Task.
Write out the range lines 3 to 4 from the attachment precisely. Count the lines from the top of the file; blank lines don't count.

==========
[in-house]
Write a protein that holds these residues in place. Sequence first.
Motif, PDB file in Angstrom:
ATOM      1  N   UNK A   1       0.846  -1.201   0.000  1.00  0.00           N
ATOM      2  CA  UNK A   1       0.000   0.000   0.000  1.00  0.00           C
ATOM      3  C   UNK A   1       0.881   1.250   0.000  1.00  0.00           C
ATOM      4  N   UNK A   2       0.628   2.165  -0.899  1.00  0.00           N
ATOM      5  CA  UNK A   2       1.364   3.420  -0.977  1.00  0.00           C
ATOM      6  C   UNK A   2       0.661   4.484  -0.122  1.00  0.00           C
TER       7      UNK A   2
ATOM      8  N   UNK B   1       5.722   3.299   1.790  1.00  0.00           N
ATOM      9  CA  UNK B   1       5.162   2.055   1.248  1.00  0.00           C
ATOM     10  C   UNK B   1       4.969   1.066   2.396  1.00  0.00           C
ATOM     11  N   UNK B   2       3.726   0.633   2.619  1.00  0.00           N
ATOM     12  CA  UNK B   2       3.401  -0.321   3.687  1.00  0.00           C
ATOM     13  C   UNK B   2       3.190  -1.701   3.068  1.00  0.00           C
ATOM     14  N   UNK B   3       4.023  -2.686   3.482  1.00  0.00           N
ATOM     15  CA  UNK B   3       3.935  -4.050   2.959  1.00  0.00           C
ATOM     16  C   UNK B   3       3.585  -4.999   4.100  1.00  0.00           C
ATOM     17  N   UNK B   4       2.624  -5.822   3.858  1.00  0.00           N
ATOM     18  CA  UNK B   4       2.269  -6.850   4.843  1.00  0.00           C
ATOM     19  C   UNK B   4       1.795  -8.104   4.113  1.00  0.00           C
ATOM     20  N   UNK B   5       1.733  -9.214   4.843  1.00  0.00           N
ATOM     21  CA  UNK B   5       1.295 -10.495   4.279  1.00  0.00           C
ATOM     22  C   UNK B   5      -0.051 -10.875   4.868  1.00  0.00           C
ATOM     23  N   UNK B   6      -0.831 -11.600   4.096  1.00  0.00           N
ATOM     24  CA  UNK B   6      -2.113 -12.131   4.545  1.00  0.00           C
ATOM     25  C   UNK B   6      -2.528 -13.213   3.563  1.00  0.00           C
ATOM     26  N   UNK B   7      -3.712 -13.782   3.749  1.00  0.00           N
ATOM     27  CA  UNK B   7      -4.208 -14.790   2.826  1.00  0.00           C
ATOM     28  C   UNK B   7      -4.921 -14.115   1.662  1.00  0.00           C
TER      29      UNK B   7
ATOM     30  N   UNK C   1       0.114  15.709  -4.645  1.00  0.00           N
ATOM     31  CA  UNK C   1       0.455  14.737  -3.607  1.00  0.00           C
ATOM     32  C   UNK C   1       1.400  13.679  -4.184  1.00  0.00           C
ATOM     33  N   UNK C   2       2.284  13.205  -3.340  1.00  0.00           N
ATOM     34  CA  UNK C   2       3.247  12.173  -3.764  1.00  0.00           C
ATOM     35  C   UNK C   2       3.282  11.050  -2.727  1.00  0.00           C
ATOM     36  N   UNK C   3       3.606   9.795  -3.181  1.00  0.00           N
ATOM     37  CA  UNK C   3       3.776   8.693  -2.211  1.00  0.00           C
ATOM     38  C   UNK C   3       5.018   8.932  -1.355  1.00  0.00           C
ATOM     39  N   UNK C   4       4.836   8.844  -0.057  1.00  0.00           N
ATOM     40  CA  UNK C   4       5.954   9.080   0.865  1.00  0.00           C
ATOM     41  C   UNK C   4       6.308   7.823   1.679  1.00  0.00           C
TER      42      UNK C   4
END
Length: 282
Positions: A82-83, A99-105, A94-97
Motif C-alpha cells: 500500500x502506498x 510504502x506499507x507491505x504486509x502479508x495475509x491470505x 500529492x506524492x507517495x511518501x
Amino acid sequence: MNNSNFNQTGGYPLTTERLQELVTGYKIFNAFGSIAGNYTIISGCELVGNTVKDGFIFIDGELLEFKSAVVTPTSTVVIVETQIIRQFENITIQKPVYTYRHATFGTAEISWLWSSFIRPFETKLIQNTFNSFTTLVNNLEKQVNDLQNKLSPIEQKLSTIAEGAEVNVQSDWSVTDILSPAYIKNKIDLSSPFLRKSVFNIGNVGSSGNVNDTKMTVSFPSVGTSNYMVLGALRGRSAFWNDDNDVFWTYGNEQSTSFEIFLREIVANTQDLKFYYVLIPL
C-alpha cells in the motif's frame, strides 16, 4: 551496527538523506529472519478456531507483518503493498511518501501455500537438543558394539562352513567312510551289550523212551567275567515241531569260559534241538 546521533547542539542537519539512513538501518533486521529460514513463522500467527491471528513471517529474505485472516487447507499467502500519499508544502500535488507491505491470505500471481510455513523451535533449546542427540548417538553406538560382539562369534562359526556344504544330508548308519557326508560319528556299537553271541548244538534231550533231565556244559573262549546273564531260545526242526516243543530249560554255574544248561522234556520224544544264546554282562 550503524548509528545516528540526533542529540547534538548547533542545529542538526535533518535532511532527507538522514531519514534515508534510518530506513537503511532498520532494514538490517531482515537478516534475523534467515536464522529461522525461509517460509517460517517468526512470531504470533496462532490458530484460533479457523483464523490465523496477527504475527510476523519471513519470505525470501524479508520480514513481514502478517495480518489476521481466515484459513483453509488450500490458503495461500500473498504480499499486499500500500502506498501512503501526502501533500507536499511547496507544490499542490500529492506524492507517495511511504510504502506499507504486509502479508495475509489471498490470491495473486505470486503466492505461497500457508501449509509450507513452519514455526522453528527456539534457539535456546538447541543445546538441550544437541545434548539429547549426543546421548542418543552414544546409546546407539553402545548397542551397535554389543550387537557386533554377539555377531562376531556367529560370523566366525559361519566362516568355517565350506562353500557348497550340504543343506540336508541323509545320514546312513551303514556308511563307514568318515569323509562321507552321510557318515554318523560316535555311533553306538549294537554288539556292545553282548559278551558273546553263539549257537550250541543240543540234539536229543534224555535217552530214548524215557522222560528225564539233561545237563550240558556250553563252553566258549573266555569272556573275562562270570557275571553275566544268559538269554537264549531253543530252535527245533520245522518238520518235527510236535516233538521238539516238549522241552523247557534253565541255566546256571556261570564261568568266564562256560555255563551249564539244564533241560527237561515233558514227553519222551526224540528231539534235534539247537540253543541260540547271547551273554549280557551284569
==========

Motif, PDB file in Angstrom:
ATOM      1  N   UNK A   1       0.846  -1.201   0.000  1.00  0.00           N